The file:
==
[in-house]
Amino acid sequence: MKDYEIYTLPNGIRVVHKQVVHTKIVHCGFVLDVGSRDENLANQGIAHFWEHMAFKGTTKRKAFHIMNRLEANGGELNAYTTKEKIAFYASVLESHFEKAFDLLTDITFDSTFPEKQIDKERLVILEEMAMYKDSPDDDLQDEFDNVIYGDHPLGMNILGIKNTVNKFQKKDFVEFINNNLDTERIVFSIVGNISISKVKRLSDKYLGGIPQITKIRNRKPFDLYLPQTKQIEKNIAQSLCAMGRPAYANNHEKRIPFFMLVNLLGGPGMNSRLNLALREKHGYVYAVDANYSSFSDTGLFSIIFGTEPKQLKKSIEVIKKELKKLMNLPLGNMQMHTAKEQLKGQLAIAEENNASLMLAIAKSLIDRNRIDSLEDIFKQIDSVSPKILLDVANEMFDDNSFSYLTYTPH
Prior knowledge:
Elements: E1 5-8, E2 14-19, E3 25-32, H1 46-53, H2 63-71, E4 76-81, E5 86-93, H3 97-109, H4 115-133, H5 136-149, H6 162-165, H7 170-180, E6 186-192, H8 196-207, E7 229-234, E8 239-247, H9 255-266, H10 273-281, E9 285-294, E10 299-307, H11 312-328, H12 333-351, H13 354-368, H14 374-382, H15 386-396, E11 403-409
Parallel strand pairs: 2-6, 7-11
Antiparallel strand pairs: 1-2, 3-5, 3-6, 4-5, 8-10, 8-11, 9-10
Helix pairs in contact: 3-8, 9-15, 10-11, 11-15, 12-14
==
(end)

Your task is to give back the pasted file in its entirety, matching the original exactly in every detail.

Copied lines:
[in-house]
Amino acid sequence: MKDYEIYTLPNGIRVVHKQVVHTKIVHCGFVLDVGSRDENLANQGIAHFWEHMAFKGTTKRKAFHIMNRLEANGGELNAYTTKEKIAFYASVLESHFEKAFDLLTDITFDSTFPEKQIDKERLVILEEMAMYKDSPDDDLQDEFDNVIYGDHPLGMNILGIKNTVNKFQKKDFVEFINNNLDTERIVFSIVGNISISKVKRLSDKYLGGIPQITKIRNRKPFDLYLPQTKQIEKNIAQSLCAMGRPAYANNHEKRIPFFMLVNLLGGPGMNSRLNLALREKHGYVYAVDANYSSFSDTGLFSIIFGTEPKQLKKSIEVIKKELKKLMNLPLGNMQMHTAKEQLKGQLAIAEENNASLMLAIAKSLIDRNRIDSLEDIFKQIDSVSPKILLDVANEMFDDNSFSYLTYTPH
Prior knowledge:
Elements: E1 5-8, E2 14-19, E3 25-32, H1 46-53, H2 63-71, E4 76-81, E5 86-93, H3 97-109, H4 115-133, H5 136-149, H6 162-165, H7 170-180, E6 186-192, H8 196-207, E7 229-234, E8 239-247, H9 255-266, H10 273-281, E9 285-294, E10 299-307, H11 312-328, H12 333-351, H13 354-368, H14 374-382, H15 386-396, E11 403-409
Parallel strand pairs: 2-6, 7-11
Antiparallel strand pairs: 1-2, 3-5, 3-6, 4-5, 8-10, 8-11, 9-10
Helix pairs in contact: 3-8, 9-15, 10-11, 11-15, 12-14